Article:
Wednesday, October 19, 2011

"Hamsters on the Titanic" Now Showing "It's Always Sunny in Kabul"

I absolutely adore the blog, Hamsters on the Titanic, Dan in the 'Stan's blog out of Afghanistan. He's like the sage of Kabul with a strong dash of Stephen Colbert.  Now due to the multitude of sunny news coming out of Kabul, I can understand why the author has now changed the blog name to "It's Always Sunny in Kabul." Makes sense, right, since the worst problem they have over in Kabul is traffic.

Yesterday, he wrote about Afghanistan's new shiny toys, the special ones that kill and not because of bad paint from China:

According to General Abdul Rahim Wardak, Defense Minister: Finally, a ray of hope.
He however noted that for foiling the foreign invasions we need war planes, bombers, and air defense systems. He stressed that the only way for ensuring long-term security in Afghanistan is empowering the Afghan forces and there is no other alternative way that the territorial integrity and national sovereignty and national values of the country are defended.

In just two years, LTG Caldwell’s NTM-A has overcome illiteracy, massive desertions, killing US mentors, and alleged massacres by a favorite Border Police General and put together a fighting force that’s ready to move up to advanced military aircraft. That has got capable, affordable and sustainable written all over it.
Frankly, that worries me.  General Wardak want all these new shiny toys and I don't know which uncle will write the check. Please, don't let it be Uncle Sam.

Previously, the blogger also castigated the NYT reporter for being a "killjoy" and casting some "doubts about the ability of the Afghan National Army (ANA) to fully sustain itself and the new equipment it’s being issued." He writes:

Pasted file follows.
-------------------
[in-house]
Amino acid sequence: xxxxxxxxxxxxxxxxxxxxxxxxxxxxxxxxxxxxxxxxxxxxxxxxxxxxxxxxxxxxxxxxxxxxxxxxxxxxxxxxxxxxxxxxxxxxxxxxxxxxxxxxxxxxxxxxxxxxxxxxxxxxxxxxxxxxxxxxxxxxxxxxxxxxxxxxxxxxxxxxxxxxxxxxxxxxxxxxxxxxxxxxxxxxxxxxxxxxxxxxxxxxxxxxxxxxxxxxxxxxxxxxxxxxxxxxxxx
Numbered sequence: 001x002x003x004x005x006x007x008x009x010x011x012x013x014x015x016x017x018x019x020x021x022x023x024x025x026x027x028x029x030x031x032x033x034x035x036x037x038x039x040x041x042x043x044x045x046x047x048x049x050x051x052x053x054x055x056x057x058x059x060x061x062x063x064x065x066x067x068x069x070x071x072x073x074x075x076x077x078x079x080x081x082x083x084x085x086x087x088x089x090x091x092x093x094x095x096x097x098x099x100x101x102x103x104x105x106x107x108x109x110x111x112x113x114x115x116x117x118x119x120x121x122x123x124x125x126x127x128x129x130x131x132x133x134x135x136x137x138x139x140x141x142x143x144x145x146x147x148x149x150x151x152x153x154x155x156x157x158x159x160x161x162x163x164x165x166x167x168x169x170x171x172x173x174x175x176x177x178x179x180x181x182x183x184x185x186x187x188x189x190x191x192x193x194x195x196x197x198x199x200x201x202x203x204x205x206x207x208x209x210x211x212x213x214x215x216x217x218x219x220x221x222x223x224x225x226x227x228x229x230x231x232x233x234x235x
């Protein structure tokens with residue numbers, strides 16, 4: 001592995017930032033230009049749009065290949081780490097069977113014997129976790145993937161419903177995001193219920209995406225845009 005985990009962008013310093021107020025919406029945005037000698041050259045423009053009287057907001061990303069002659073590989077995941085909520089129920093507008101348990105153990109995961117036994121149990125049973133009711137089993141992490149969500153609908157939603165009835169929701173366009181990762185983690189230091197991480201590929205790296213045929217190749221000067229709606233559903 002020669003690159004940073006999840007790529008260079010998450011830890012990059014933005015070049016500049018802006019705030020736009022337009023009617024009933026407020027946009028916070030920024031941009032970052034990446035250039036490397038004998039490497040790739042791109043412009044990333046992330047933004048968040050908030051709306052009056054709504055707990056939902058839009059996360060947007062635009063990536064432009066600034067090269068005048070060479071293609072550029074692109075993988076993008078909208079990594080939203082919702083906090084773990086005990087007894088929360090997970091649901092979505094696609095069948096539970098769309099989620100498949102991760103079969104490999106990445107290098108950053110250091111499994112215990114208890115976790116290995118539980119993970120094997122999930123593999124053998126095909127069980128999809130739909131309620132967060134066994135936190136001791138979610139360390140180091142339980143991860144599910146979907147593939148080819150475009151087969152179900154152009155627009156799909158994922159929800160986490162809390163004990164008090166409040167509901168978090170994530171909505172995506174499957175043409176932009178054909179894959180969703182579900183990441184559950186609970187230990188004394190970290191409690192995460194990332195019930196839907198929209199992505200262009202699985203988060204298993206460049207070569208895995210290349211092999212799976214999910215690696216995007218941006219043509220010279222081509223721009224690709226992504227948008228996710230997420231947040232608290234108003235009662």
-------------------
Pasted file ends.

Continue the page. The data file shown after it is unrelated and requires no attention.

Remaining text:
LTG Caldwell was just recently a guest at the weekly ISAF press briefing, and I feel the need to share some of his quotes so the readers of Mr. Healy’s rainy day nonsense can really understand what’s going on here in Afghanistan:
“Over the last two years, we have been able to put in place schools, get the required trainers and actually train over 50,000 officers and noncommissioned officers that are now, today, in the Afghan Police, Army and Air Force,” said Caldwell.

See? NTM-A has put the required trainers into place. There is absolutely no requirement that there be trainees, as well. To expect that sort of unrealistic level of trainer/trainee ratio after the fact is just pointless, really. Obviously, too, the IG team wasn’t there on a training day. Otherwise, if 44% of sites weren’t doing any training at all, it would be really hard…even impossible…to actually train 50,000 people in the timeframe that LTG Caldwell is reporting. And, since I’ve come to realize that LTG Caldwell and the NTM-A are always right about what’s really happening here, well, I’d suggest the IG go back and count again. As to being “largely uneducated,” well sir:

During the last year and a half, 134,000 recruits have completed the mandatory literacy training that has been incorporated into their basic training requirements, Caldwell added.

As is well known among those that really care about the ANSF, they are absolutely required to be able to read at a first grade level. I don’t understand the concern: if that ANA soldier can now read at a first grade level, there should be no reason why he can’t understand training that a high school graduate in the United States would be able to comprehend.

"Must read" sections of the blog include the "Afghanistan Users Manual", "Bacon Wrapped Pork Chop", Tweet of the Day and Pic of the Day where he admitted exasperation over ISAF's photostream without captions (sounds familiar?) and recently reported the threat of teddy bears to Afghan toddlers:

From It's Always Sunny in Kabul
ISAF’s Flickr stream doesn’t put any kind of descriptions on the photos is posts,
I’m forced to come up with my own. The point of pictures is to put up a caption
so we can have some context whereby we can know
what’s happening. Otherwise, I’m going to be forced
to report on the threat of teddy bears to Afghan toddlers.

Check out his blog here.

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